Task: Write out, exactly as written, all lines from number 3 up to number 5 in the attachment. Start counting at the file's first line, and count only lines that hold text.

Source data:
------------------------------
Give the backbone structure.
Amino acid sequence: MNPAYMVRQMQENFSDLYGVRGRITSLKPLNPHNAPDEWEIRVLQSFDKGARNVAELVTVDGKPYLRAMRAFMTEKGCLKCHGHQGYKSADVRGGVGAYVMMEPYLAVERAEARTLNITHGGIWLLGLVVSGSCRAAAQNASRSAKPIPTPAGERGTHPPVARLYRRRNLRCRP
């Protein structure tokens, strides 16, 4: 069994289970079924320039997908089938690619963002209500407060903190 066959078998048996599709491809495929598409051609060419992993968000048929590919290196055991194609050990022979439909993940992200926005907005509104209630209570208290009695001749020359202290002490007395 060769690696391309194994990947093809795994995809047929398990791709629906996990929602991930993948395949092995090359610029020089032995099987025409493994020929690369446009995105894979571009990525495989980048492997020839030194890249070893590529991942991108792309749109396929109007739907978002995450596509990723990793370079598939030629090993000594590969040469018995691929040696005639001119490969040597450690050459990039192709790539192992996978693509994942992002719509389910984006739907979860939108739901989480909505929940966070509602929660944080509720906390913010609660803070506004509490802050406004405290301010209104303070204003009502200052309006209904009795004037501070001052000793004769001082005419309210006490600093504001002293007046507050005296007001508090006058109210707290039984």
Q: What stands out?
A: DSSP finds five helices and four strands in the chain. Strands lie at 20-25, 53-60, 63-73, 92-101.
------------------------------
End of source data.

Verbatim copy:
């Protein structure tokens, strides 16, 4: 069994289970079924320039997908089938690619963002209500407060903190 066959078998048996599709491809495929598409051609060419992993968000048929590919290196055991194609050990022979439909993940992200926005907005509104209630209570208290009695001749020359202290002490007395 060769690696391309194994990947093809795994995809047929398990791709629906996990929602991930993948395949092995090359610029020089032995099987025409493994020929690369446009995105894979571009990525495989980048492997020839030194890249070893590529991942991108792309749109396929109007739907978002995450596509990723990793370079598939030629090993000594590969040469018995691929040696005639001119490969040597450690050459990039192709790539192992996978693509994942992002719509389910984006739907979860939108739901989480909505929940966070509602929660944080509720906390913010609660803070506004509490802050406004405290301010209104303070204003009502200052309006209904009795004037501070001052000793004769001082005419309210006490600093504001002293007046507050005296007001508090006058109210707290039984």
Q: What stands out?
A: DSSP finds five helices and four strands in the chain. Strands lie at 20-25, 53-60, 63-73, 92-101.